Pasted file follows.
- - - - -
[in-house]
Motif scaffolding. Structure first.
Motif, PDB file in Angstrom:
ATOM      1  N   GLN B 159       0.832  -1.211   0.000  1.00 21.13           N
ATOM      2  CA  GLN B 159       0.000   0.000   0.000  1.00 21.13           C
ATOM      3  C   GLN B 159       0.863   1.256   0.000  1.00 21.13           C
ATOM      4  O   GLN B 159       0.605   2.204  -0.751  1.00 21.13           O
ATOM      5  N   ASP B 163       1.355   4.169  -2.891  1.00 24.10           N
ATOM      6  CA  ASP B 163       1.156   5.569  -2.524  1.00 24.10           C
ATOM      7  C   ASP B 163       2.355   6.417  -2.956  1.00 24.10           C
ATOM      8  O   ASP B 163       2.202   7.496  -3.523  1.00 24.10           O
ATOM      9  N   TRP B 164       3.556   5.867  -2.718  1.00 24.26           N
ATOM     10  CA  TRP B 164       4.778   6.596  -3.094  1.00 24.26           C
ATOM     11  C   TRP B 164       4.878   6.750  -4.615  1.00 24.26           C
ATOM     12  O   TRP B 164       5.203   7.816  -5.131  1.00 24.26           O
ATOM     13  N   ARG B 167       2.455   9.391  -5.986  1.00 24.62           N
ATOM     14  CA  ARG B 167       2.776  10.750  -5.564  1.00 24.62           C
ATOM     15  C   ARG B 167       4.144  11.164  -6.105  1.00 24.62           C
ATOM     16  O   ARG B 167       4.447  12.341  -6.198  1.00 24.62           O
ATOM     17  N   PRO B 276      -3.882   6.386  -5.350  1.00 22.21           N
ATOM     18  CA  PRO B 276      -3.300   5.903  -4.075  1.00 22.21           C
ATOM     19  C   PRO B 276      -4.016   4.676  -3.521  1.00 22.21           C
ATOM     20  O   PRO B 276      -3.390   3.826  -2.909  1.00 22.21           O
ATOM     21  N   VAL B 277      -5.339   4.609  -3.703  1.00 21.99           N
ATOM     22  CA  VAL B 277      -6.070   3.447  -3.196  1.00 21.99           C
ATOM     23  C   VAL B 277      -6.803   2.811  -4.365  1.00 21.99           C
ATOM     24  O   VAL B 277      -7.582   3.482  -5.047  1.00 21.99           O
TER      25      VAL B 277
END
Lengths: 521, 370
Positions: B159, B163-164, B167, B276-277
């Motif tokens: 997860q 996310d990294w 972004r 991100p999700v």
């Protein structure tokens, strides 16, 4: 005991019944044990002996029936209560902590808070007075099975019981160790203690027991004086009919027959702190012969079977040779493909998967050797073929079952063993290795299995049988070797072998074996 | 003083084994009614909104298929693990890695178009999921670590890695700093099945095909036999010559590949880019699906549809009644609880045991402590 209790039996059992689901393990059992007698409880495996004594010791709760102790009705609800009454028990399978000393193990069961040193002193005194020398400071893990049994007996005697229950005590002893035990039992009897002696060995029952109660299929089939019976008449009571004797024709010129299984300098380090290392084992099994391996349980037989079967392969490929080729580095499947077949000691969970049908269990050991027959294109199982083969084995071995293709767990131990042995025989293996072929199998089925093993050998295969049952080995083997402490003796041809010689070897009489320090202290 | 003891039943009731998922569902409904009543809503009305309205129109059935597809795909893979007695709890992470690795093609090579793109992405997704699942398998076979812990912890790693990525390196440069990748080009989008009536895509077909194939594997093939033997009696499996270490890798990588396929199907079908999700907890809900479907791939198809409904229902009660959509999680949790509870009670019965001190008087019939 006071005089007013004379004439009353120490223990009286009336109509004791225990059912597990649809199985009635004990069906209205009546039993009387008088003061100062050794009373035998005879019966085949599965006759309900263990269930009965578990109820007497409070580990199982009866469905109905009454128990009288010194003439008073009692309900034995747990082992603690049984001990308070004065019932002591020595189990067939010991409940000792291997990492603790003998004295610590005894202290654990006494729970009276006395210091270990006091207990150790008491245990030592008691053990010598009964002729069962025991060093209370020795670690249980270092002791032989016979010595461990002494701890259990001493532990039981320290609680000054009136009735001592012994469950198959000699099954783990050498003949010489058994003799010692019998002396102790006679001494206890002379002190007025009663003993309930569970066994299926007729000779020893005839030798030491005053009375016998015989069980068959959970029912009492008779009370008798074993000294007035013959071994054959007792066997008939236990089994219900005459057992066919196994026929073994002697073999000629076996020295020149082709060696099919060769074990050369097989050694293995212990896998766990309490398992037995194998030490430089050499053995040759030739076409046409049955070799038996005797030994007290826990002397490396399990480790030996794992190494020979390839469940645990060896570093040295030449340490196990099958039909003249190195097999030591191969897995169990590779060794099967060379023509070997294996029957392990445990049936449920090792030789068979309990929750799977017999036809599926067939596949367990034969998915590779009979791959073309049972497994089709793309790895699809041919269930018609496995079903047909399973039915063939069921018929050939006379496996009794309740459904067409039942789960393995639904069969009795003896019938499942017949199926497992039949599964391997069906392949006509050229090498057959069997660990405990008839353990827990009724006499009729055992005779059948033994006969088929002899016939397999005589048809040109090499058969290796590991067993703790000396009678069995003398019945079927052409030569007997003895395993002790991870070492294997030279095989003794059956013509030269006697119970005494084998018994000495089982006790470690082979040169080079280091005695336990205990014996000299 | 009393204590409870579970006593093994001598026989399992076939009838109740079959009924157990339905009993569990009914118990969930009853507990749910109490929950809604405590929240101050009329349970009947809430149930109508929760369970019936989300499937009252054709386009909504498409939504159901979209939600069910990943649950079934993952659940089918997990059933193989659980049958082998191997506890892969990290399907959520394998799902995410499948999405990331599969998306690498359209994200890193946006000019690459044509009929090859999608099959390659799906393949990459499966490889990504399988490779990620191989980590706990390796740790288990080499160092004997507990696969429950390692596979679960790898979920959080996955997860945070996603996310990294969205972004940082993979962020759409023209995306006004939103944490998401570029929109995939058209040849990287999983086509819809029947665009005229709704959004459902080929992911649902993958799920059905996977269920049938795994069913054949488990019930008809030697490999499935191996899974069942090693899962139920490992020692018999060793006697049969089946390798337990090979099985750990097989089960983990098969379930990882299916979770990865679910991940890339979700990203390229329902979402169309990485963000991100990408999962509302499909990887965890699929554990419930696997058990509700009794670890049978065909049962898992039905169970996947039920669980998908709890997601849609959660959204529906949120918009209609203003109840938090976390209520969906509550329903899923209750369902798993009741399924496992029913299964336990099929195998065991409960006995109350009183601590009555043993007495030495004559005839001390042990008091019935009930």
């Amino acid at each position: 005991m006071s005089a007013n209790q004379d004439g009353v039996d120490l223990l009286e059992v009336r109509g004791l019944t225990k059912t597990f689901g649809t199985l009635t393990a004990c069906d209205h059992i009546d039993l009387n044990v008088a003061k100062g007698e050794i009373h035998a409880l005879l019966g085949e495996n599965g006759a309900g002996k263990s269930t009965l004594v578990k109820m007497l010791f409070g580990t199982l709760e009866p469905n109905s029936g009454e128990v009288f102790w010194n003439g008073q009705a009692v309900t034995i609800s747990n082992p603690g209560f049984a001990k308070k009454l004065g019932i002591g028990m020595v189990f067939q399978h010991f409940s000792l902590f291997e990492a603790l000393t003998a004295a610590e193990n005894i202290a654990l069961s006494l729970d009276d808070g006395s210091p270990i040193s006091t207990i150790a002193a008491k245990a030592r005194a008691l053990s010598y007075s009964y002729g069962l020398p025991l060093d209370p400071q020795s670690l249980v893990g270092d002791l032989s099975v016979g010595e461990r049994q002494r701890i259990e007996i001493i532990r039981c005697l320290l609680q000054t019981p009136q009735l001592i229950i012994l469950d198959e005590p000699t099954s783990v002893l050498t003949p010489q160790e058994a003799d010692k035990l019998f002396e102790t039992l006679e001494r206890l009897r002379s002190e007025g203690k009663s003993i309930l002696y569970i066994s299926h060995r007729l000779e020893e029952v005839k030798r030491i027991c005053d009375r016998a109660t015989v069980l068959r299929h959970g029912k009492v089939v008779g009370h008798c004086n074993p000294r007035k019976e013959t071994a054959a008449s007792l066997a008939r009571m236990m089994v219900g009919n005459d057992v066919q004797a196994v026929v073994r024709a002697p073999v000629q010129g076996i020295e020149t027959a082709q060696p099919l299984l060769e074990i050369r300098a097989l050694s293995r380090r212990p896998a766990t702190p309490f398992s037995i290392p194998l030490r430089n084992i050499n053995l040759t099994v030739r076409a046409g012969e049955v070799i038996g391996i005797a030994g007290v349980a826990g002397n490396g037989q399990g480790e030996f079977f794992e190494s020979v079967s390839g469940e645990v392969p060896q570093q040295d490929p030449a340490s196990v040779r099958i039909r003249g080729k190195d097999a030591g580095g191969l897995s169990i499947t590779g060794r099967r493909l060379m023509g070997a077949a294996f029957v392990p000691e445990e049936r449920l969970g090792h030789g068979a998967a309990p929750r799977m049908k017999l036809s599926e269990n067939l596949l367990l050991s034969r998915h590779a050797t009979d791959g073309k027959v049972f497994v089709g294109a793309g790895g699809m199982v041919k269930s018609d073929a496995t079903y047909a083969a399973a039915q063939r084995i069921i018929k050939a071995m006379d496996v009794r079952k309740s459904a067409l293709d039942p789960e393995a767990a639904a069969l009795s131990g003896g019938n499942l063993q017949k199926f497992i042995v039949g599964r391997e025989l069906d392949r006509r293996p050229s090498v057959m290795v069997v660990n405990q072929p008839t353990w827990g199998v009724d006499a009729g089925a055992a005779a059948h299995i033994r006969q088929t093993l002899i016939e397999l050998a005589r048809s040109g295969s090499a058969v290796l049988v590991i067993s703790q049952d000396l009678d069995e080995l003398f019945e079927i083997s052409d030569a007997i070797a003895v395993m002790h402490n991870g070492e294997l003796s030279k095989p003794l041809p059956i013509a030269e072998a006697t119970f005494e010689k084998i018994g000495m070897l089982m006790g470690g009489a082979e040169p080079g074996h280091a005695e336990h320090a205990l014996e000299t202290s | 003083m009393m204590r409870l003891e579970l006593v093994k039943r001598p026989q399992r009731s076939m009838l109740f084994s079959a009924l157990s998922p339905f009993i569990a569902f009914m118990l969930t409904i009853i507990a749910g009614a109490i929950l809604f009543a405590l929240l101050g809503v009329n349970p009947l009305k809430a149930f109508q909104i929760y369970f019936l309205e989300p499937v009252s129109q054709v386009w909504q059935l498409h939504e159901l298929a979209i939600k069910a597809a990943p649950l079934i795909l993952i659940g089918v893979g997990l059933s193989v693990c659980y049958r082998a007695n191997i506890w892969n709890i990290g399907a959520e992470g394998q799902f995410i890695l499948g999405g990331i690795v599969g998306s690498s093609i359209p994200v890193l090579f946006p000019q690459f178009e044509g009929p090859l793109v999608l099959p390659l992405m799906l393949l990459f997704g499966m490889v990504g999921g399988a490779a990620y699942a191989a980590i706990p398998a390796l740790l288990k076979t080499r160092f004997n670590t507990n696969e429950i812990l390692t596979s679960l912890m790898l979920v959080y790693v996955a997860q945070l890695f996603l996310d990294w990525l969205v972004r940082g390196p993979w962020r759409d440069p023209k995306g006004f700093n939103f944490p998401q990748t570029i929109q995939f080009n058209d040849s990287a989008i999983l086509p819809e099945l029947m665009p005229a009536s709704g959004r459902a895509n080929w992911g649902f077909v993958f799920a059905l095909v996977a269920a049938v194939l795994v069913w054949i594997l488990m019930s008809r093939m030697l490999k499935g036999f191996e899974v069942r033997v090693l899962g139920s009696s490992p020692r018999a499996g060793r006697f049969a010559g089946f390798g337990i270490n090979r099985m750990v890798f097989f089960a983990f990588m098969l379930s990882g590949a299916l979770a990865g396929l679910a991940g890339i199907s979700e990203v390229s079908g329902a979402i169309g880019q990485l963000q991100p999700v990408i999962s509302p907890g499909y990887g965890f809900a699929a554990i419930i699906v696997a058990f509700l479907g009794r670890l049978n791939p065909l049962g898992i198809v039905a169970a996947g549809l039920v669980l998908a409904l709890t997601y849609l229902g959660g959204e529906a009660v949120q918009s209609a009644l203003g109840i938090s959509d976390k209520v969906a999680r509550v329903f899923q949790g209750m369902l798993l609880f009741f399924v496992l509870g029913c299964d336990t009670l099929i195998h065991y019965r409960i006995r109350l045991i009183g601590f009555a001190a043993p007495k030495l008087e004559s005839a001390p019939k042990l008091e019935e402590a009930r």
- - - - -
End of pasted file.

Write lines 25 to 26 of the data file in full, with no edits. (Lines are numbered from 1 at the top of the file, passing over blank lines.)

ATOM     22  CA  VAL B 277      -6.070   3.447  -3.196  1.00 21.99           C
ATOM     23  C   VAL B 277      -6.803   2.811  -4.365  1.00 21.99           C